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Bipolar Disorder Health Center

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Bipolar Disorder and Sleep Problems

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Get Better Sleep With Bipolar Disorder

Disrupted sleep can really aggravate a mood disorder. A first step may be figuring out all the factors that may be affecting sleep and discussing them with your doctor. Keeping a sleep diary may help. Include information about:

  • How long it takes to go to sleep
  • How many times you wake up during the night
  • How long you sleep all night
  • When you take medication or use caffeine, alcohol, or nicotine
  • When you exercise and for how long

Certain bipolar medications may also affect sleep as a side effect. For example, they may disrupt the sleep-wake cycle. One way to address this is to move bedtime and waking time later and later each day until you reach your desired goal. Two other ways to handle this situation are bright light therapy in the morning and use of the hormone melatonin at bedtime, as well as to avoid bright light or over-stimulating activity near bedtime.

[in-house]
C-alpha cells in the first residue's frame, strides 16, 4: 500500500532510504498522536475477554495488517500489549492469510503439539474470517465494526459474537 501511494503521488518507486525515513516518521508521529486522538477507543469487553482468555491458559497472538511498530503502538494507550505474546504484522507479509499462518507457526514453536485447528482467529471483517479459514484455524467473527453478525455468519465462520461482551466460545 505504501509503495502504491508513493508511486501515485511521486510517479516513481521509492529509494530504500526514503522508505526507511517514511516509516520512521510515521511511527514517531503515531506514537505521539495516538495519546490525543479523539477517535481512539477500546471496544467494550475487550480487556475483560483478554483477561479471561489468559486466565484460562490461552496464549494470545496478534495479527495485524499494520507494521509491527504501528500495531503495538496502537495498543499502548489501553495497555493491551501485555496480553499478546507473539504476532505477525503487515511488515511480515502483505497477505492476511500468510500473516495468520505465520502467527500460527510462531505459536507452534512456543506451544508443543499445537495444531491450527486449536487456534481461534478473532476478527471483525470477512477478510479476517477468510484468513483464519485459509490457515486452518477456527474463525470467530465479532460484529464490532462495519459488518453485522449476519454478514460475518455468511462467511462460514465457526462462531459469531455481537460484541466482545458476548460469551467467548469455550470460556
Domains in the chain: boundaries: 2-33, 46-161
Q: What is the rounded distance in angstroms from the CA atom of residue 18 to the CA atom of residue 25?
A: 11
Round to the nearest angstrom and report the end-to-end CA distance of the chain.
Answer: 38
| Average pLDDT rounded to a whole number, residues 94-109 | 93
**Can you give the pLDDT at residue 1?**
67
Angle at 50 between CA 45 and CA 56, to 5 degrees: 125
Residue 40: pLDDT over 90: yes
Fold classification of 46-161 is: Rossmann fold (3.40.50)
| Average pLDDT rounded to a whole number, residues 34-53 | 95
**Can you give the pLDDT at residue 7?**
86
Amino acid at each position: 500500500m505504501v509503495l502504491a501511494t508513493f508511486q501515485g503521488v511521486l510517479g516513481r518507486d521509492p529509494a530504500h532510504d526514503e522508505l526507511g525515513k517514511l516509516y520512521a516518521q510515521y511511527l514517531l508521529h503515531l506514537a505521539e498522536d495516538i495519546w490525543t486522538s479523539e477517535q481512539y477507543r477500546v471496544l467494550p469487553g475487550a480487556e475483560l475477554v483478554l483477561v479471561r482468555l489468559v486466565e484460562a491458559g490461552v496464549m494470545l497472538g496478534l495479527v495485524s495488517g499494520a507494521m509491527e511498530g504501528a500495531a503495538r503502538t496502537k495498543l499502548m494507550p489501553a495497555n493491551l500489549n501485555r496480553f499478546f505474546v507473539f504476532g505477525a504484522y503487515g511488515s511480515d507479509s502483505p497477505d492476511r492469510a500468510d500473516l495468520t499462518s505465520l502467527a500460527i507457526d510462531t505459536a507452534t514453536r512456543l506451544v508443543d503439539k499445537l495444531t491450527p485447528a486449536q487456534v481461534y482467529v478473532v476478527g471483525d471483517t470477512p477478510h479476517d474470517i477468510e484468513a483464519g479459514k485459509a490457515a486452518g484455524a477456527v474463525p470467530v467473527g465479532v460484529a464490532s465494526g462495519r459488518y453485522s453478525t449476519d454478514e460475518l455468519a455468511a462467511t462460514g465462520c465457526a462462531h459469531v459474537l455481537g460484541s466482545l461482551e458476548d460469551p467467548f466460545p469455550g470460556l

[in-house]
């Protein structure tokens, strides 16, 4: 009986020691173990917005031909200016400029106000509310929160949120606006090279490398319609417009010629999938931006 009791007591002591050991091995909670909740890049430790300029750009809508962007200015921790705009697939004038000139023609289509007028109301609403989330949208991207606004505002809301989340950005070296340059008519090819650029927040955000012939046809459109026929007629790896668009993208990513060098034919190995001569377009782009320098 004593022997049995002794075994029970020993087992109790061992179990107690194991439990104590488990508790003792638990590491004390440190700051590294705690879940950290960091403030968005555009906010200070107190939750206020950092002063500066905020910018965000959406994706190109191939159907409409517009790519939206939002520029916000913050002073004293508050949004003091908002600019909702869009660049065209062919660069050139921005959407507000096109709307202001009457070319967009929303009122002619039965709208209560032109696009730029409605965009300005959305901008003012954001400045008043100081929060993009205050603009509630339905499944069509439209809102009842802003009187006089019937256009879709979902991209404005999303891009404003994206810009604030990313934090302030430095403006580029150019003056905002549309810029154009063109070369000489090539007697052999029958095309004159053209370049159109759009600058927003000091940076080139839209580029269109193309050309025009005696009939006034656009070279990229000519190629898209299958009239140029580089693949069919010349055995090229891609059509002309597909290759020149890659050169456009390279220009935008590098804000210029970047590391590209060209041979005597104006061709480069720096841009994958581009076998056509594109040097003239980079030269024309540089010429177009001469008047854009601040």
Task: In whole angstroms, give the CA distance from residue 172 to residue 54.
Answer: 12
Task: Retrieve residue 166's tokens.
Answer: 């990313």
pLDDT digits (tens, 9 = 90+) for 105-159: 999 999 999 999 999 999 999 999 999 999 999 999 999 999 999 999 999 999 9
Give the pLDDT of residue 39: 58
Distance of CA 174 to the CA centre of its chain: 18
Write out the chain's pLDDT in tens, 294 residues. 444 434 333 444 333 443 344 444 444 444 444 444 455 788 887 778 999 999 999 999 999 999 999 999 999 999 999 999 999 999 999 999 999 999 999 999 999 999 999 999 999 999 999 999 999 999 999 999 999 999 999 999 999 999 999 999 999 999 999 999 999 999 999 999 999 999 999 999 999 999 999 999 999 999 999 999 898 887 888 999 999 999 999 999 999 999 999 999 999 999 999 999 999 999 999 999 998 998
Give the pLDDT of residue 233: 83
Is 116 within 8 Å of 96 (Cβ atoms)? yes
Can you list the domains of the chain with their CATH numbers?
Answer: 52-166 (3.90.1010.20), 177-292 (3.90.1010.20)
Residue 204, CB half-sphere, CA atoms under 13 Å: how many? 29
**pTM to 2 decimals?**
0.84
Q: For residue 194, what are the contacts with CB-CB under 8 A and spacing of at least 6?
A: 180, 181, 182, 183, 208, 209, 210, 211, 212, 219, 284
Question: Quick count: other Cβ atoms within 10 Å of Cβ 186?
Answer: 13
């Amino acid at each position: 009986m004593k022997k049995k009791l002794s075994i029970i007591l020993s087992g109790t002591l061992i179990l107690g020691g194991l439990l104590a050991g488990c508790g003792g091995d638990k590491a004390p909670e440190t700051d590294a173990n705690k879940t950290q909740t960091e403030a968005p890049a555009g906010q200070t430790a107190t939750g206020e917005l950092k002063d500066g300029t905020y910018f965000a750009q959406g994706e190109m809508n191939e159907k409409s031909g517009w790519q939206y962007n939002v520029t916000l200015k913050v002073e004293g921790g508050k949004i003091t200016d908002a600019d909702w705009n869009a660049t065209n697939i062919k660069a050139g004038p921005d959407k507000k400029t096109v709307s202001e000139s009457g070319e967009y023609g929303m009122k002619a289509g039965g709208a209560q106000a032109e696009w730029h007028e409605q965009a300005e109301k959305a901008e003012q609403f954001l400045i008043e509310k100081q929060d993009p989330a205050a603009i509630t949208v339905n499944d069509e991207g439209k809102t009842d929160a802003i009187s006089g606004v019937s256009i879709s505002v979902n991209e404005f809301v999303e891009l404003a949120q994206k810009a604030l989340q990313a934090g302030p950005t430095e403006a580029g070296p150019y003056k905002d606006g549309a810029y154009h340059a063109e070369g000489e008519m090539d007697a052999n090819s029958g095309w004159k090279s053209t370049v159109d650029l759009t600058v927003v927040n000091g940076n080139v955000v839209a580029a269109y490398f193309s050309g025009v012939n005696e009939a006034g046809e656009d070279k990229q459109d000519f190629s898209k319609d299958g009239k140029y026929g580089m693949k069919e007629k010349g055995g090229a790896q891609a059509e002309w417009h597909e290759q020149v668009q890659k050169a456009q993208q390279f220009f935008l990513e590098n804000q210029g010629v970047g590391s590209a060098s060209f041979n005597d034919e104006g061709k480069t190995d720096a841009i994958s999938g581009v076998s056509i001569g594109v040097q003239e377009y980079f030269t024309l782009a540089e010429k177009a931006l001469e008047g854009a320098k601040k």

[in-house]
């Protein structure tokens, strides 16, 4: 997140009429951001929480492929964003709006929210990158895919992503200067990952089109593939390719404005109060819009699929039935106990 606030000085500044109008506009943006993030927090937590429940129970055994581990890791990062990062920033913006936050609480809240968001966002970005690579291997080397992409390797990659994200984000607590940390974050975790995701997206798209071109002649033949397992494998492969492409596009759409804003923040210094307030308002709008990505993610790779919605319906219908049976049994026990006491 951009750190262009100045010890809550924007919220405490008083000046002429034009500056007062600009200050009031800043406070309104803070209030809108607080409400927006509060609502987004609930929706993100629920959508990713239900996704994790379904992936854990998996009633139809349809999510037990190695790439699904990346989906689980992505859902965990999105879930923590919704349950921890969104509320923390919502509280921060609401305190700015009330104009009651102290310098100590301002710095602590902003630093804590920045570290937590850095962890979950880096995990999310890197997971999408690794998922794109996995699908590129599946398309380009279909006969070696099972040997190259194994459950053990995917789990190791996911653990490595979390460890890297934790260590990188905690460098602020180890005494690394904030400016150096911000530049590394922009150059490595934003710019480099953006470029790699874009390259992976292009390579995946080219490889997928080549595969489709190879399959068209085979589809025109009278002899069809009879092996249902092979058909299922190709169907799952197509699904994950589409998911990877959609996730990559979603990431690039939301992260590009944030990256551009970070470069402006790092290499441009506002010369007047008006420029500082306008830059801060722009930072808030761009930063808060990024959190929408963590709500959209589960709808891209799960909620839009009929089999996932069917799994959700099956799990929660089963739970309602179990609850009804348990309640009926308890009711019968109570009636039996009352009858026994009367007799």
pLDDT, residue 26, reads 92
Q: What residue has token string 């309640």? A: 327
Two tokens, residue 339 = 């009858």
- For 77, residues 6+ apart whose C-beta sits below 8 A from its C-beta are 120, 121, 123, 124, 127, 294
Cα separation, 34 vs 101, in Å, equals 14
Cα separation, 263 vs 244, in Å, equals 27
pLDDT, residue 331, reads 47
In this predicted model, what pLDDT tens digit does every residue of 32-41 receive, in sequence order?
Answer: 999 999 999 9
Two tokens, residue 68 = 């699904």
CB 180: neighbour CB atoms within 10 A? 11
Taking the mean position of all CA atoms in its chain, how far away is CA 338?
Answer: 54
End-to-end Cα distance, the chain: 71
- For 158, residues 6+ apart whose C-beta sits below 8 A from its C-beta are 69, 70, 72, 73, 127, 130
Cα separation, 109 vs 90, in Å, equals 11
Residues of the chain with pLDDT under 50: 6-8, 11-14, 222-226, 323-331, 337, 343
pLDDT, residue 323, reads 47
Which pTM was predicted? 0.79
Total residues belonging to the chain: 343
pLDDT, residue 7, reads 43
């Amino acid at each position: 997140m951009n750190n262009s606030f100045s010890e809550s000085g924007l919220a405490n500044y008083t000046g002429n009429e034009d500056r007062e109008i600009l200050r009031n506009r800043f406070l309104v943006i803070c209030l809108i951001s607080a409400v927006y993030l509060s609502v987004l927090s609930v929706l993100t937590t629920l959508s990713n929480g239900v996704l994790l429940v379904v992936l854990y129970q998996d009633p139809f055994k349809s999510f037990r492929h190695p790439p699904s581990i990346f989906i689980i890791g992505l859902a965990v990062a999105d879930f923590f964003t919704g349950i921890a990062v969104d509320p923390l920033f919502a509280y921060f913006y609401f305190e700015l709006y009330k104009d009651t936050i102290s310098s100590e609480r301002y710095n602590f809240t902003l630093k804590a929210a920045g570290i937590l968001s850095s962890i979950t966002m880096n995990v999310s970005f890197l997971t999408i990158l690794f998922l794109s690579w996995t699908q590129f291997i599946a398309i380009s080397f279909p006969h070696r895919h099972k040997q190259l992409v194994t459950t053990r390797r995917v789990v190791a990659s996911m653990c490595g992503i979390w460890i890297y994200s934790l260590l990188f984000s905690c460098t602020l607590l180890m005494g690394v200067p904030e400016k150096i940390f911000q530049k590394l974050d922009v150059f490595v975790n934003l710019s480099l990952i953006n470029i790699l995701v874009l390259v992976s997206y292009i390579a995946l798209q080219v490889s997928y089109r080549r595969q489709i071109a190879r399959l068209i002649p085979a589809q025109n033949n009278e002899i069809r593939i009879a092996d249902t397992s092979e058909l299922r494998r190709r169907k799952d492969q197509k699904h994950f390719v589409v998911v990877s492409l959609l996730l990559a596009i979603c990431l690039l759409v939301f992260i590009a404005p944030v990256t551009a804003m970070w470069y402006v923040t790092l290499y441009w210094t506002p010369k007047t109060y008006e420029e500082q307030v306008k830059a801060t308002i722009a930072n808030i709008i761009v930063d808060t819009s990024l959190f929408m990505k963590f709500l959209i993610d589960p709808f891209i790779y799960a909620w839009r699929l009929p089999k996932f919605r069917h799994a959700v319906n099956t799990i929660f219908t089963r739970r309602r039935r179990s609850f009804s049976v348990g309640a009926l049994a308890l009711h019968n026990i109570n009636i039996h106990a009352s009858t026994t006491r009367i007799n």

Of course, your doctor may recommend a change in medication if needed. Be sure to discuss any other drugs or medical conditions that may be affecting your sleep, such as arthritis, migraines, or a back injury.

Restoring a regular schedule of daily activities and sleep -- perhaps with the help of cognitive behavioral therapy -- can go a long way toward helping restore more even moods.

Steps like these may also help restore sleep:

  • Eliminate alcohol and caffeine late in the day.
  • Keep the bedroom as dark and quiet as possible and maintain a temperature that is not too hot or cold. Use fans, heaters, blinds, earplugs, or sleep masks, as needed.
  • Talk with your partner about ways to minimize snoring or other sleep habits that may be affecting your sleep.
  • Exercise, but not too late in the day.
  • Try visualization and other relaxation techniques.

WebMD Medical Reference

Reviewed by Joseph Goldberg, MD on April 19, 2015
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